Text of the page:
Visual Branding As An Experience

Whether it’s branding your blog, choosing the right visuals for social media, or even deciding on the design of packaging, visual branding is an experience.

Associations are the most powerful tools in any brand’s arsenal. It’s also one that can function for a loop if you prime it right – which is why getting the visual branding right the first time is so important. While a brand can regain lost footing and change its identity via a visual relaunch, the first impression that it makes will always matter.

This experience is something that more and more brands are paying attention to. It’s not just about looking their best anymore, but offering an experience that their customers can associate as something good. And if your brand pulls this off behind a well-executed visual strategy, then that’s your exposure was made.

Visual Branding As Cathartic

If there’s one thing that good visual branding does, it’s making your company memorable.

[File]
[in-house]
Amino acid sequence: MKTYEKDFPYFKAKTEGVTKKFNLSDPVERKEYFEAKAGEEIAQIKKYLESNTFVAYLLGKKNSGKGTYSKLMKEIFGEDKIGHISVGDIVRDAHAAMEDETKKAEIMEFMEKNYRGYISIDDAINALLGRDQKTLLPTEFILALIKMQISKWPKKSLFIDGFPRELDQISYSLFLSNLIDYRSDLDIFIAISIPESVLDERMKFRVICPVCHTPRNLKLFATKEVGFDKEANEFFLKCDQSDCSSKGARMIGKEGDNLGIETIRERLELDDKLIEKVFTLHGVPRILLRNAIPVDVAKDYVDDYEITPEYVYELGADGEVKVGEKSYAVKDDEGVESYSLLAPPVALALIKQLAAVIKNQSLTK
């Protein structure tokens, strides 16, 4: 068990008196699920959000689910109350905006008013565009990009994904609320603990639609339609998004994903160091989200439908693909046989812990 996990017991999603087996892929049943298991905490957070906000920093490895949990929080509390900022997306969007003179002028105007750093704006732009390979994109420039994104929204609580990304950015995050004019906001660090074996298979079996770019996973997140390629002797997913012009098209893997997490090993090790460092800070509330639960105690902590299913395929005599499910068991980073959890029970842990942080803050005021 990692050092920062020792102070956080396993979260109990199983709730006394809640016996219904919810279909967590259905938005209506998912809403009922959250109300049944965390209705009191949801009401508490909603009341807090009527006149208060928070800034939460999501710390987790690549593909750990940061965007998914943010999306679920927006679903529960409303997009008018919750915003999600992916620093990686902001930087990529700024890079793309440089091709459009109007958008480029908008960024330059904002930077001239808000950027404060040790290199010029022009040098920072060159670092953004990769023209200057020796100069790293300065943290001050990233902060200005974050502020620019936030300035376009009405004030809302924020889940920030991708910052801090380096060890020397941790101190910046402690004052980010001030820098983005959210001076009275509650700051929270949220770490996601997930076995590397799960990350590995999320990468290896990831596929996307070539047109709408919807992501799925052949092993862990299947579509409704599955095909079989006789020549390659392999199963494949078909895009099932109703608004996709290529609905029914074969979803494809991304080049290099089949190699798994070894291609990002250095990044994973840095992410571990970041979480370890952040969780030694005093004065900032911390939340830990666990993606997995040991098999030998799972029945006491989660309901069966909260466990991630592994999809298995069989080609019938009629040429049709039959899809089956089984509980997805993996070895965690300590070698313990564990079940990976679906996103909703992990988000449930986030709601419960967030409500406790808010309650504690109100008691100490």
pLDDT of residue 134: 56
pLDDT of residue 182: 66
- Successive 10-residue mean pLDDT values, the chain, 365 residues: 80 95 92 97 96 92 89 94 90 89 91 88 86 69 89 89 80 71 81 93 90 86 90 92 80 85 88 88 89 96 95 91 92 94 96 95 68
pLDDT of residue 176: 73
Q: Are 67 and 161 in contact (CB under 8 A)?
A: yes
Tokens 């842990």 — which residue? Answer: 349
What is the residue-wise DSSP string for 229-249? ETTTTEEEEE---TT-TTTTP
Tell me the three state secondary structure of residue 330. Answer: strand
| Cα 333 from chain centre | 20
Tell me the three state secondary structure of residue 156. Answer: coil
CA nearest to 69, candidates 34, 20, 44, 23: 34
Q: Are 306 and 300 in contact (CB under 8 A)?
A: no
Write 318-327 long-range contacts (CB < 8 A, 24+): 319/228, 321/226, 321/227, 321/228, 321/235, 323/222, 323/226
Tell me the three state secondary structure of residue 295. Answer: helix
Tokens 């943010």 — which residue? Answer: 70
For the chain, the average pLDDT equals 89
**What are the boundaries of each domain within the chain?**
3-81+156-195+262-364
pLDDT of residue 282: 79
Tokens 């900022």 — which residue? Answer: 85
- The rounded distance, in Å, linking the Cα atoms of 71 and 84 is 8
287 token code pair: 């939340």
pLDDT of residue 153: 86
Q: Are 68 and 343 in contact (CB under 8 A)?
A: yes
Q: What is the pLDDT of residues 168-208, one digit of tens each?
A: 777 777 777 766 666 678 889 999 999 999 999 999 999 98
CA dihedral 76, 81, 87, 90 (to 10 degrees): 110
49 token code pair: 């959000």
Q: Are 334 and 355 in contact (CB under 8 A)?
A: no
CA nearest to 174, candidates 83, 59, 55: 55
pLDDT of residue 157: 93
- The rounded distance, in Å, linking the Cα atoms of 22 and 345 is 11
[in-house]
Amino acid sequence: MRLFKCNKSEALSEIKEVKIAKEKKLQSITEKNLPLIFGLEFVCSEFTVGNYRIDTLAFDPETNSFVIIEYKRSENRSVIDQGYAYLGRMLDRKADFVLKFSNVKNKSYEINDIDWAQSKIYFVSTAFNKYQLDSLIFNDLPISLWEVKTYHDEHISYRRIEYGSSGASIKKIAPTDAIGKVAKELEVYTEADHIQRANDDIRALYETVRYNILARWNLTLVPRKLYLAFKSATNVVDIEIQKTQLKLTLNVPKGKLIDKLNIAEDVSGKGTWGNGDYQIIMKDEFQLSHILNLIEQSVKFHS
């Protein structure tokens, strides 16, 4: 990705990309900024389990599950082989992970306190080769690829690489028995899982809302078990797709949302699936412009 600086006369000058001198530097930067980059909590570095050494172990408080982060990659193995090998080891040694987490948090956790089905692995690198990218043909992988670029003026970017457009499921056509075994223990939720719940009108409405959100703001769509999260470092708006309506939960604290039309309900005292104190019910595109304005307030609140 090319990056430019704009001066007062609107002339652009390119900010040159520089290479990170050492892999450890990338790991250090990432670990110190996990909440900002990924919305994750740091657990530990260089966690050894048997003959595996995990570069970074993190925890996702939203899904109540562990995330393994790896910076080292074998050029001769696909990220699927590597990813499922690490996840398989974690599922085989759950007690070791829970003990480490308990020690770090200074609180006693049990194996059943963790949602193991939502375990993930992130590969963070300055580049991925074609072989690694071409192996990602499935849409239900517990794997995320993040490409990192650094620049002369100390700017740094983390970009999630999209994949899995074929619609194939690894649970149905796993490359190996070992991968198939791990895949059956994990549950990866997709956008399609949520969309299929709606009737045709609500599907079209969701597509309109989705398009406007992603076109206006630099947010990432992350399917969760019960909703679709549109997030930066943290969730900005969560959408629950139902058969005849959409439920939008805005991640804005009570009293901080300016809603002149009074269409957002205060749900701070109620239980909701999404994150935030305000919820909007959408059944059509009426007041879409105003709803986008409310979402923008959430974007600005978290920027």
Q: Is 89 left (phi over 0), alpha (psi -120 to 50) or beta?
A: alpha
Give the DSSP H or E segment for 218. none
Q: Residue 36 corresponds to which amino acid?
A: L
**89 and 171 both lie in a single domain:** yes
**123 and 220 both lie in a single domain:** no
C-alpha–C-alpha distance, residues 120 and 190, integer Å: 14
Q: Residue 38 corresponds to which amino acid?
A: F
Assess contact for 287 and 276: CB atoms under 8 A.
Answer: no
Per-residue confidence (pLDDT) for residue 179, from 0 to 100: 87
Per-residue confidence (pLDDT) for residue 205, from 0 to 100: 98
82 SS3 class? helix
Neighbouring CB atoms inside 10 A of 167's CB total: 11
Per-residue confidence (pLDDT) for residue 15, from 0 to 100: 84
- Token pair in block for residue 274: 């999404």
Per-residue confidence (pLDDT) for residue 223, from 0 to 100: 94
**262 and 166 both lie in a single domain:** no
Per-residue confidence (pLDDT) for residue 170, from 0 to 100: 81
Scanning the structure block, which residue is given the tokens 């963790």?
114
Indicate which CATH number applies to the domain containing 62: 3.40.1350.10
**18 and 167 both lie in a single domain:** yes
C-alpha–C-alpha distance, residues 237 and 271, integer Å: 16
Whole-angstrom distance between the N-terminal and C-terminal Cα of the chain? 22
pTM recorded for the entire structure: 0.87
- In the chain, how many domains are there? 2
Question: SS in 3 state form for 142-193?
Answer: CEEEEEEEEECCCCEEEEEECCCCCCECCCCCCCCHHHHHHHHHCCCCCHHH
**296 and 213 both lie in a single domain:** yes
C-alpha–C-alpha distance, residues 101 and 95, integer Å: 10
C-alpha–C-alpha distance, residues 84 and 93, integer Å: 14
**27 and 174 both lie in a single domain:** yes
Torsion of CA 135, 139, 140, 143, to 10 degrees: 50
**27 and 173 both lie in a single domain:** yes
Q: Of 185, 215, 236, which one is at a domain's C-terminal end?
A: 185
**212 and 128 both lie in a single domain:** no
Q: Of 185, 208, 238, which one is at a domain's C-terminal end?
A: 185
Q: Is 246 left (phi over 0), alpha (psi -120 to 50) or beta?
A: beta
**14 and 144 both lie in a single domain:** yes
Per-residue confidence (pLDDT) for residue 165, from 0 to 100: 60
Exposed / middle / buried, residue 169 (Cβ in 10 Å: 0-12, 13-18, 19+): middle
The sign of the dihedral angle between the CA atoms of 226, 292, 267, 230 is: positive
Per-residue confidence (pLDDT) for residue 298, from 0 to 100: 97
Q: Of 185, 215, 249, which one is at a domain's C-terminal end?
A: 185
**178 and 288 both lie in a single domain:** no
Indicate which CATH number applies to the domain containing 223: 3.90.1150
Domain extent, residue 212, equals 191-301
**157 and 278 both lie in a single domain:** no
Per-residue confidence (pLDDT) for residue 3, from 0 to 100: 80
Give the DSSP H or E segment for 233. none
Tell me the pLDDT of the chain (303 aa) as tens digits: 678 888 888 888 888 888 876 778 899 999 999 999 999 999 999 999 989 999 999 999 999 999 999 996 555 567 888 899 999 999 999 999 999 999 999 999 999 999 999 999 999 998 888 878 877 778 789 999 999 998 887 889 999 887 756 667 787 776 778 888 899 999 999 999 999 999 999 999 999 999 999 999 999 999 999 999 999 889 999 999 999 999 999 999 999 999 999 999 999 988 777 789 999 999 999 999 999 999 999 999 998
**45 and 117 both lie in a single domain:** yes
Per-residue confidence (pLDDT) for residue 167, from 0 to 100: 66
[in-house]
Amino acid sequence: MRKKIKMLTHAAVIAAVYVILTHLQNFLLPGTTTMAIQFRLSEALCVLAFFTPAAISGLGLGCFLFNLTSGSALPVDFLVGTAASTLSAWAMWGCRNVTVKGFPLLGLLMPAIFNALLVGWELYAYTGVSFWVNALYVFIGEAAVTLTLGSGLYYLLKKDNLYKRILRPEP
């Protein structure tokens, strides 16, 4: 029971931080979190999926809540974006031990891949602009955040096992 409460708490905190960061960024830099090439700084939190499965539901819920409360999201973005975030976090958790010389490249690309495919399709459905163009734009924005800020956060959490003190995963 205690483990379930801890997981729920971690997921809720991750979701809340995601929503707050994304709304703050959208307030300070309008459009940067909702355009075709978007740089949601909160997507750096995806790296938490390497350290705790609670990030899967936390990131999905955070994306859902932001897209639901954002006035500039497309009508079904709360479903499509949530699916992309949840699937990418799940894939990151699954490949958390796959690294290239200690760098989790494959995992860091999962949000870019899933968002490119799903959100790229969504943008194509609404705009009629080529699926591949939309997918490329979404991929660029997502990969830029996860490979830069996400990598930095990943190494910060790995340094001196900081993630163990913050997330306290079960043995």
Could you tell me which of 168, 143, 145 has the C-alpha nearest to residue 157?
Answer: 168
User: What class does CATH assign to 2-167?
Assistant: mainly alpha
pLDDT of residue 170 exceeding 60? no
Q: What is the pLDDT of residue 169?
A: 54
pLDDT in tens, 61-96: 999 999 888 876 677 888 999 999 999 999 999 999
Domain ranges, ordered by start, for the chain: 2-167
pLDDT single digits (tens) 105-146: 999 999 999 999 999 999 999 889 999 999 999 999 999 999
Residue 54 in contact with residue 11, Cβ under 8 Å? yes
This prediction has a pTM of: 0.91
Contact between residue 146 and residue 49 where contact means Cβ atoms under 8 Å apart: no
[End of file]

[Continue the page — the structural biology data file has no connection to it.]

But for great visual branding, it makes your company WORTH remembering. The difference between the two lies in the middle of a careful brand strategy, an overall visual theme, and a cohesive identity that you can rally behind. Visual branding isn’t just the key to making your brand stand out – it’s the linchpin of what makes your brand worth engaging with.

branding design -DepositPhotos

Aaron Chichioco

Aaron Chichioco

Aaron Chichioco is the chief content officer (CCO) and one of the web designers of Design Doxa. His expertise includes not only limited to Web/mobile design and development, but digital marketing, branding, eCommerce strategy and business management tactics as well. For more information about Aaron, visit designdoxa.com